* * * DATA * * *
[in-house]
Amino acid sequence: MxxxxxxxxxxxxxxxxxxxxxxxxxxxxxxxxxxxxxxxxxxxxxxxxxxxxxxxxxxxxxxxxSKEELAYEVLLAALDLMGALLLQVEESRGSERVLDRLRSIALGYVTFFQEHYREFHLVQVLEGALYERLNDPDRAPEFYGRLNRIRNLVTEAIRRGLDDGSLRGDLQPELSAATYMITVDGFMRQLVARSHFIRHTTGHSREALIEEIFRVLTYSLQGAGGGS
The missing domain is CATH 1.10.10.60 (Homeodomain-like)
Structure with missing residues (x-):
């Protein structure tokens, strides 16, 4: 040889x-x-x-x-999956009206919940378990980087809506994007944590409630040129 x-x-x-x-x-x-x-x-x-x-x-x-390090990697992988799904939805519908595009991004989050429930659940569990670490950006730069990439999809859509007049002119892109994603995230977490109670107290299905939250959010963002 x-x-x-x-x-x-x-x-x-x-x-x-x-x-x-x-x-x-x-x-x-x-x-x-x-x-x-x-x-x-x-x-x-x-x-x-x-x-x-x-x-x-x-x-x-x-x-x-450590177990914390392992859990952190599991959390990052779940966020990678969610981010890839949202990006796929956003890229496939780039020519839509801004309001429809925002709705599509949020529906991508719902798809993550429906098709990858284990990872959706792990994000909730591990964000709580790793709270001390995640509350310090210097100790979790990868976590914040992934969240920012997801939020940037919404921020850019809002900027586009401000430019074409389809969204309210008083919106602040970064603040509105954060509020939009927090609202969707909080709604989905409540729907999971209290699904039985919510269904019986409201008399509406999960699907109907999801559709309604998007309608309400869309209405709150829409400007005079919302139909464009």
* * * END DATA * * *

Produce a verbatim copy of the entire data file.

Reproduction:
[in-house]
Amino acid sequence: MxxxxxxxxxxxxxxxxxxxxxxxxxxxxxxxxxxxxxxxxxxxxxxxxxxxxxxxxxxxxxxxxSKEELAYEVLLAALDLMGALLLQVEESRGSERVLDRLRSIALGYVTFFQEHYREFHLVQVLEGALYERLNDPDRAPEFYGRLNRIRNLVTEAIRRGLDDGSLRGDLQPELSAATYMITVDGFMRQLVARSHFIRHTTGHSREALIEEIFRVLTYSLQGAGGGS
The missing domain is CATH 1.10.10.60 (Homeodomain-like)
Structure with missing residues (x-):
């Protein structure tokens, strides 16, 4: 040889x-x-x-x-999956009206919940378990980087809506994007944590409630040129 x-x-x-x-x-x-x-x-x-x-x-x-390090990697992988799904939805519908595009991004989050429930659940569990670490950006730069990439999809859509007049002119892109994603995230977490109670107290299905939250959010963002 x-x-x-x-x-x-x-x-x-x-x-x-x-x-x-x-x-x-x-x-x-x-x-x-x-x-x-x-x-x-x-x-x-x-x-x-x-x-x-x-x-x-x-x-x-x-x-x-450590177990914390392992859990952190599991959390990052779940966020990678969610981010890839949202990006796929956003890229496939780039020519839509801004309001429809925002709705599509949020529906991508719902798809993550429906098709990858284990990872959706792990994000909730591990964000709580790793709270001390995640509350310090210097100790979790990868976590914040992934969240920012997801939020940037919404921020850019809002900027586009401000430019074409389809969204309210008083919106602040970064603040509105954060509020939009927090609202969707909080709604989905409540729907999971209290699904039985919510269904019986409201008399509406999960699907109907999801559709309604998007309608309400869309209405709150829409400007005079919302139909464009």